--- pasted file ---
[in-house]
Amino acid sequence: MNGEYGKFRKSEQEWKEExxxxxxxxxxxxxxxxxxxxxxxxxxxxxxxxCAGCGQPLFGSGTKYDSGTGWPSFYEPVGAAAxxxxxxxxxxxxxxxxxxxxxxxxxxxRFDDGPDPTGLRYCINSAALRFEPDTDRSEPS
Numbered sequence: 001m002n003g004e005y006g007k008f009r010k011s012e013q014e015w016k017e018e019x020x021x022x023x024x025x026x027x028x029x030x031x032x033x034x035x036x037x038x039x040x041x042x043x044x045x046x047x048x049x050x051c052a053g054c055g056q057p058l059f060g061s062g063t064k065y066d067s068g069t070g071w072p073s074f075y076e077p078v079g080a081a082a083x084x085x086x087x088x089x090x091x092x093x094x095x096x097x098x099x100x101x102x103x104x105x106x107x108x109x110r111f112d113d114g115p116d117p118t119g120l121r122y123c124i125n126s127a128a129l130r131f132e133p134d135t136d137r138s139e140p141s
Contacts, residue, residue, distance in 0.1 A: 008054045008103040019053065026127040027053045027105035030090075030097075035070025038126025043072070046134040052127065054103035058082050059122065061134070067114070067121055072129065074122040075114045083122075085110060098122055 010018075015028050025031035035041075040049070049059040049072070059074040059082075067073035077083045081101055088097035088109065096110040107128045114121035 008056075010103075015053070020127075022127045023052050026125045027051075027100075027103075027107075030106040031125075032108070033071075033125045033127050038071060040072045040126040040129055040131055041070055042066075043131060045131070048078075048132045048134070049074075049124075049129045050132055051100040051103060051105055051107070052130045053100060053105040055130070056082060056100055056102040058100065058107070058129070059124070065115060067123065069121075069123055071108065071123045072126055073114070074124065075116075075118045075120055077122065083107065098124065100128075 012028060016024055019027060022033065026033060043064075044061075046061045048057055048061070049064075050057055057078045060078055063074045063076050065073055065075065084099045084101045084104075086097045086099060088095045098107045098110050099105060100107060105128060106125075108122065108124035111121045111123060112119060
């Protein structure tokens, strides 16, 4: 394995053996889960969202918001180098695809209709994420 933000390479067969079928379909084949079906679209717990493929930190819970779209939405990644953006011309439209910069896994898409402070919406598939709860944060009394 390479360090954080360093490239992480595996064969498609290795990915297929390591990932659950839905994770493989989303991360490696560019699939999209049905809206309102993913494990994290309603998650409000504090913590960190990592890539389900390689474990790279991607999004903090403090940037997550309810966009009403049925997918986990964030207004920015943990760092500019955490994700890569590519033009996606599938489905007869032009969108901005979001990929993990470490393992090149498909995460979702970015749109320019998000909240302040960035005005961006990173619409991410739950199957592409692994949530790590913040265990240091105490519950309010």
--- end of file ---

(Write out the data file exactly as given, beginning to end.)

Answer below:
[in-house]
Amino acid sequence: MNGEYGKFRKSEQEWKEExxxxxxxxxxxxxxxxxxxxxxxxxxxxxxxxCAGCGQPLFGSGTKYDSGTGWPSFYEPVGAAAxxxxxxxxxxxxxxxxxxxxxxxxxxxRFDDGPDPTGLRYCINSAALRFEPDTDRSEPS
Numbered sequence: 001m002n003g004e005y006g007k008f009r010k011s012e013q014e015w016k017e018e019x020x021x022x023x024x025x026x027x028x029x030x031x032x033x034x035x036x037x038x039x040x041x042x043x044x045x046x047x048x049x050x051c052a053g054c055g056q057p058l059f060g061s062g063t064k065y066d067s068g069t070g071w072p073s074f075y076e077p078v079g080a081a082a083x084x085x086x087x088x089x090x091x092x093x094x095x096x097x098x099x100x101x102x103x104x105x106x107x108x109x110r111f112d113d114g115p116d117p118t119g120l121r122y123c124i125n126s127a128a129l130r131f132e133p134d135t136d137r138s139e140p141s
Contacts, residue, residue, distance in 0.1 A: 008054045008103040019053065026127040027053045027105035030090075030097075035070025038126025043072070046134040052127065054103035058082050059122065061134070067114070067121055072129065074122040075114045083122075085110060098122055 010018075015028050025031035035041075040049070049059040049072070059074040059082075067073035077083045081101055088097035088109065096110040107128045114121035 008056075010103075015053070020127075022127045023052050026125045027051075027100075027103075027107075030106040031125075032108070033071075033125045033127050038071060040072045040126040040129055040131055041070055042066075043131060045131070048078075048132045048134070049074075049124075049129045050132055051100040051103060051105055051107070052130045053100060053105040055130070056082060056100055056102040058100065058107070058129070059124070065115060067123065069121075069123055071108065071123045072126055073114070074124065075116075075118045075120055077122065083107065098124065100128075 012028060016024055019027060022033065026033060043064075044061075046061045048057055048061070049064075050057055057078045060078055063074045063076050065073055065075065084099045084101045084104075086097045086099060088095045098107045098110050099105060100107060105128060106125075108122065108124035111121045111123060112119060
């Protein structure tokens, strides 16, 4: 394995053996889960969202918001180098695809209709994420 933000390479067969079928379909084949079906679209717990493929930190819970779209939405990644953006011309439209910069896994898409402070919406598939709860944060009394 390479360090954080360093490239992480595996064969498609290795990915297929390591990932659950839905994770493989989303991360490696560019699939999209049905809206309102993913494990994290309603998650409000504090913590960190990592890539389900390689474990790279991607999004903090403090940037997550309810966009009403049925997918986990964030207004920015943990760092500019955490994700890569590519033009996606599938489905007869032009969108901005979001990929993990470490393992090149498909995460979702970015749109320019998000909240302040960035005005961006990173619409991410739950199957592409692994949530790590913040265990240091105490519950309010």